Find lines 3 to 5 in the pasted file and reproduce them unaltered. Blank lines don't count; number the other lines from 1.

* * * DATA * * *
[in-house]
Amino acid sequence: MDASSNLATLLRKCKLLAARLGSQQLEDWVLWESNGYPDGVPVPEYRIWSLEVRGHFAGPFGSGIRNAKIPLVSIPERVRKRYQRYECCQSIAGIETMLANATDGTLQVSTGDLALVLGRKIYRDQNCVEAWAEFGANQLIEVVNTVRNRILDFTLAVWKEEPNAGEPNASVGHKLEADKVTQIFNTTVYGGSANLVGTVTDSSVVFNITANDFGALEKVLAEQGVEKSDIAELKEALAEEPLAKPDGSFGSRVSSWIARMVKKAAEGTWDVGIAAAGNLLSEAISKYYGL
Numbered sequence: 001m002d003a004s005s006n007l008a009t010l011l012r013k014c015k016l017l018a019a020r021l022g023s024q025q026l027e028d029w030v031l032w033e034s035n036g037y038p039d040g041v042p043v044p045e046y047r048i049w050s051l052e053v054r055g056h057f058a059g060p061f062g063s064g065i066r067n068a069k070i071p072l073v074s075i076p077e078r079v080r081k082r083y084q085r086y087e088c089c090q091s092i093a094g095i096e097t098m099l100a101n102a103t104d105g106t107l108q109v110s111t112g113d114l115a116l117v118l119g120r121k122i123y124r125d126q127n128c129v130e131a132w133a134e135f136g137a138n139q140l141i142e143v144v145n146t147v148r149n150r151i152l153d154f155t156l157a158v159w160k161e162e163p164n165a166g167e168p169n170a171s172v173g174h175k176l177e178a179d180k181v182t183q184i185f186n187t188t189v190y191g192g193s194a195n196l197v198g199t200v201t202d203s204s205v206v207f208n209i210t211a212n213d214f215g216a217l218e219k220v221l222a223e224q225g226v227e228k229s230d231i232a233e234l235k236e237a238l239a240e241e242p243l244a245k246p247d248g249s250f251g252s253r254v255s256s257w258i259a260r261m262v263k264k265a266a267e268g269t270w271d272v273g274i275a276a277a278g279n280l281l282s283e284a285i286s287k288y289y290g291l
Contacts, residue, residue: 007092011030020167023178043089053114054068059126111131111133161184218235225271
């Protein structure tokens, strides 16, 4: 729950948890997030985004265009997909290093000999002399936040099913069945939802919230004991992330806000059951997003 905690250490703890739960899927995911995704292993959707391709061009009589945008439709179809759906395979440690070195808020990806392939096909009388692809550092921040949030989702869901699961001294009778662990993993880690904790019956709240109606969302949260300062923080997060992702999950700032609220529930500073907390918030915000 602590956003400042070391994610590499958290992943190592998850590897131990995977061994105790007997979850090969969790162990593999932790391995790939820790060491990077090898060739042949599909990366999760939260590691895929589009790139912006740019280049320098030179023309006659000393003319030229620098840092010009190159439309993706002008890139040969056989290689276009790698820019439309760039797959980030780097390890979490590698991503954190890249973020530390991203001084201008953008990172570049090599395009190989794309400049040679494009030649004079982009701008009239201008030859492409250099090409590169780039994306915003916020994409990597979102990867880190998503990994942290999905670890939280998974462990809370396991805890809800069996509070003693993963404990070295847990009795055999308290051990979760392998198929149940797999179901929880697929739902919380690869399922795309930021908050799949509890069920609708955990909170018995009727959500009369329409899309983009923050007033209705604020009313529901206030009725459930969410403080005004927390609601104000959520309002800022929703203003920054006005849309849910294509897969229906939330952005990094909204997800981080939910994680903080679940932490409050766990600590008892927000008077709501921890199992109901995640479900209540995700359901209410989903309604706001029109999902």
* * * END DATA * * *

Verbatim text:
Numbered sequence: 001m002d003a004s005s006n007l008a009t010l011l012r013k014c015k016l017l018a019a020r021l022g023s024q025q026l027e028d029w030v031l032w033e034s035n036g037y038p039d040g041v042p043v044p045e046y047r048i049w050s051l052e053v054r055g056h057f058a059g060p061f062g063s064g065i066r067n068a069k070i071p072l073v074s075i076p077e078r079v080r081k082r083y084q085r086y087e088c089c090q091s092i093a094g095i096e097t098m099l100a101n102a103t104d105g106t107l108q109v110s111t112g113d114l115a116l117v118l119g120r121k122i123y124r125d126q127n128c129v130e131a132w133a134e135f136g137a138n139q140l141i142e143v144v145n146t147v148r149n150r151i152l153d154f155t156l157a158v159w160k161e162e163p164n165a166g167e168p169n170a171s172v173g174h175k176l177e178a179d180k181v182t183q184i185f186n187t188t189v190y191g192g193s194a195n196l197v198g199t200v201t202d203s204s205v206v207f208n209i210t211a212n213d214f215g216a217l218e219k220v221l222a223e224q225g226v227e228k229s230d231i232a233e234l235k236e237a238l239a240e241e242p243l244a245k246p247d248g249s250f251g252s253r254v255s256s257w258i259a260r261m262v263k264k265a266a267e268g269t270w271d272v273g274i275a276a277a278g279n280l281l282s283e284a285i286s287k288y289y290g291l
Contacts, residue, residue: 007092011030020167023178043089053114054068059126111131111133161184218235225271
């Protein structure tokens, strides 16, 4: 729950948890997030985004265009997909290093000999002399936040099913069945939802919230004991992330806000059951997003 905690250490703890739960899927995911995704292993959707391709061009009589945008439709179809759906395979440690070195808020990806392939096909009388692809550092921040949030989702869901699961001294009778662990993993880690904790019956709240109606969302949260300062923080997060992702999950700032609220529930500073907390918030915000 602590956003400042070391994610590499958290992943190592998850590897131990995977061994105790007997979850090969969790162990593999932790391995790939820790060491990077090898060739042949599909990366999760939260590691895929589009790139912006740019280049320098030179023309006659000393003319030229620098840092010009190159439309993706002008890139040969056989290689276009790698820019439309760039797959980030780097390890979490590698991503954190890249973020530390991203001084201008953008990172570049090599395009190989794309400049040679494009030649004079982009701008009239201008030859492409250099090409590169780039994306915003916020994409990597979102990867880190998503990994942290999905670890939280998974462990809370396991805890809800069996509070003693993963404990070295847990009795055999308290051990979760392998198929149940797999179901929880697929739902919380690869399922795309930021908050799949509890069920609708955990909170018995009727959500009369329409899309983009923050007033209705604020009313529901206030009725459930969410403080005004927390609601104000959520309002800022929703203003920054006005849309849910294509897969229906939330952005990094909204997800981080939910994680903080679940932490409050766990600590008892927000008077709501921890199992109901995640479900209540995700359901209410989903309604706001029109999902």